Yesterday at lunch one younger fellow starts to tell us that he went to see Gone Girl and it blew him away. He couldn’t get any farther before there was a chorus of, ‘Stop, No’ from most of the room. Quite a few people have plans to see this movie and have apparently not read the book. I read the book about a year ago and have no current plans to see the movie.
He really wanted to talk about the plot, it had sparked something in him. I’m not sure how much of the finer detail I remember since I have read quite a bit in the intervening months but I could probably dredge up enough to have a decent discussion and find out how certain things are addressed in the movie version. We would have been possibly subject to bodily harm had we continued to discuss the movie, though.
I’ve kind of gotten out of the habit of watching movies in the theater, which is a shame. It is a very different experience. And some movies really deserve to be watched on a big screen in a big dark room. In a shared experience. A friend and I danced our way out of Jersey Boys awhile back which gave us the opportunity to connect a bit with our fellow movie viewers.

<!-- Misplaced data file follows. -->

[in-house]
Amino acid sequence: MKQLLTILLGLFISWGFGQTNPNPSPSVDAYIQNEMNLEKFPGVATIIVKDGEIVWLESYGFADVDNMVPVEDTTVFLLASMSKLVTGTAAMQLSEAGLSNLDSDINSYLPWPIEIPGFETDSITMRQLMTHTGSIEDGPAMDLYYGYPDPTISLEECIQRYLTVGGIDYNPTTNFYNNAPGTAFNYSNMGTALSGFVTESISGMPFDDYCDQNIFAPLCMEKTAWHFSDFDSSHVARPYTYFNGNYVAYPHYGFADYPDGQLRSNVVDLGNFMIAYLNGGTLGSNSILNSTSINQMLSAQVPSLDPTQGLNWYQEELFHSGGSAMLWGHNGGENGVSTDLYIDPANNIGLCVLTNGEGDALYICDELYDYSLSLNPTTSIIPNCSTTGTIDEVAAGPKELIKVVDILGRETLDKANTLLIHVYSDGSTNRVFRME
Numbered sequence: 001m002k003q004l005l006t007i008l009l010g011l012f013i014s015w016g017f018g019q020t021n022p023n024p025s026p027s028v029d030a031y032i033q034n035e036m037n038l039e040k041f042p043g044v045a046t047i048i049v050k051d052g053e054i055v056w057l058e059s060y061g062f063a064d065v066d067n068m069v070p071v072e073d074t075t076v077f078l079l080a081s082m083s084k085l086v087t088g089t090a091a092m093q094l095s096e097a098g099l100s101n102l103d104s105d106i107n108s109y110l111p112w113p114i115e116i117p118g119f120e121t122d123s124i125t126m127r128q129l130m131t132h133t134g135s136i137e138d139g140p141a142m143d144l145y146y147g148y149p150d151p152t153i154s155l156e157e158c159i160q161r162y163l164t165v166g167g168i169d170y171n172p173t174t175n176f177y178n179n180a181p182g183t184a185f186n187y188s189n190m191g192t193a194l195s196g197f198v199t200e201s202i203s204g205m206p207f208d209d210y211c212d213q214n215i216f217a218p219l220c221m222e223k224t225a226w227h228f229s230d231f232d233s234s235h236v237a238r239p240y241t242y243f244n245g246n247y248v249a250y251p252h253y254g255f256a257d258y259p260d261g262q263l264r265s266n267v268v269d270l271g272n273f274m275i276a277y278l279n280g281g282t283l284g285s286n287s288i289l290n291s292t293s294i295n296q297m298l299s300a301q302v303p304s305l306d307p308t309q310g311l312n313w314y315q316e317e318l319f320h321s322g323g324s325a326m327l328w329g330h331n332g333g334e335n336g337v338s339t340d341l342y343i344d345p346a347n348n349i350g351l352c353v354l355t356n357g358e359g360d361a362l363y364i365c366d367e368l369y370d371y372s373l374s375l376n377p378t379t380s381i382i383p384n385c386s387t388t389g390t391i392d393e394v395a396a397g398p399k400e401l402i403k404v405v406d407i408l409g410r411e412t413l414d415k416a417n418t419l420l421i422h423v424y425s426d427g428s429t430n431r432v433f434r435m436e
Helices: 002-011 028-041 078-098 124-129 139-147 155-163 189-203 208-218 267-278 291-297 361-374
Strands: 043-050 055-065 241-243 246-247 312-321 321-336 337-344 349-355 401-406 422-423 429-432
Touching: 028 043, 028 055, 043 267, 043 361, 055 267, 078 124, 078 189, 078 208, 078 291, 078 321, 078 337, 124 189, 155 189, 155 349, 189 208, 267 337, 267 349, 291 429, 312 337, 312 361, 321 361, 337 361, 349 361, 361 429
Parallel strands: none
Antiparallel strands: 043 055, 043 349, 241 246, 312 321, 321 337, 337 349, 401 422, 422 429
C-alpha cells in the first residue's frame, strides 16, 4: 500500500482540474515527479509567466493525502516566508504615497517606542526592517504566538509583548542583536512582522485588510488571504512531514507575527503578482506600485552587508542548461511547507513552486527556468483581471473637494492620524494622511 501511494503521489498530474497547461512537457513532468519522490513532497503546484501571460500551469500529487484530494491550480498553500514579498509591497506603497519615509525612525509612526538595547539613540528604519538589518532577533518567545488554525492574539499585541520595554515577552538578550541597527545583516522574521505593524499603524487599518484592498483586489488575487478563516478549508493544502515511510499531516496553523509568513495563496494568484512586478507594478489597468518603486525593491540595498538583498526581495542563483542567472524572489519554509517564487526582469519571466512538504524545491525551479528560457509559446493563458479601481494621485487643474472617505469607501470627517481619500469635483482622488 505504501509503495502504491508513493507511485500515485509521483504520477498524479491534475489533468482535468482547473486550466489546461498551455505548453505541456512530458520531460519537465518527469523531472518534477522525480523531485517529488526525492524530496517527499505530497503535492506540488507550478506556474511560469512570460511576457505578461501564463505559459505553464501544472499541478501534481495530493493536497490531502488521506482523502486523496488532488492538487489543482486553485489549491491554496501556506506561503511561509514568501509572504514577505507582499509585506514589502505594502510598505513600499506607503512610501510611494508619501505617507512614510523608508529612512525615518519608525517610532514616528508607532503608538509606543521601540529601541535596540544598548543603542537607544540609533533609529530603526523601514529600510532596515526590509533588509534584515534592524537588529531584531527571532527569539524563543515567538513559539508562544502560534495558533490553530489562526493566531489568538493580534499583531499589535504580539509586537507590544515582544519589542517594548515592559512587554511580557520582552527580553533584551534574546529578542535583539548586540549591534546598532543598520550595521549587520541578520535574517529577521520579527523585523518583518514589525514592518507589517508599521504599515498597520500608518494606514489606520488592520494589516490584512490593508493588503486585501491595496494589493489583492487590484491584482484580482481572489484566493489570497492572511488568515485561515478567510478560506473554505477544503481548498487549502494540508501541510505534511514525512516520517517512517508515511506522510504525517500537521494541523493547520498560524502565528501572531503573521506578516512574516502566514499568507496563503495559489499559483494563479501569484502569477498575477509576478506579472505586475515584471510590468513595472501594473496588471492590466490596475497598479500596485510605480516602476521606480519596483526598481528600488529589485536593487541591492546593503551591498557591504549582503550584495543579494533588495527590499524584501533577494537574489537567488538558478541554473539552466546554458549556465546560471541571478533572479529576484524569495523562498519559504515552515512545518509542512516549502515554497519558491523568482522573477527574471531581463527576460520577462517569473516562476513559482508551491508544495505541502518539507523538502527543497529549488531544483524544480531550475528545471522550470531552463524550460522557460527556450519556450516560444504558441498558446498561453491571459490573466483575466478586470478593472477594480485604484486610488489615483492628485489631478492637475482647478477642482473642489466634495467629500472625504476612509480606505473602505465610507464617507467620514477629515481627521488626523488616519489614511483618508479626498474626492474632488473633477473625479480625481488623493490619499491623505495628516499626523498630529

But shared sensations – film or print – can lead to that chorus of don’t tell me, don’t spoil it for me. I still remember trying to stay away from the people who devoured the last Harry Potter book immediately while we, my boys and I, read it at a slightly more leisurely pace. We wanted to savor this last encounter with Harry.
A little buzz, a taste of personal reaction is helpful sometimes. It might lead us to read or watch something that didn’t originally appeal at all. Or it might build the anticipation. A delay in achieving the experience can heighten it as well. I just watched Captain Phillips, which I have wanted to see since it came out, with my older son and daughter-in-law and we were not disappointed.
Have you had an anticipated experience accidentally ruined?
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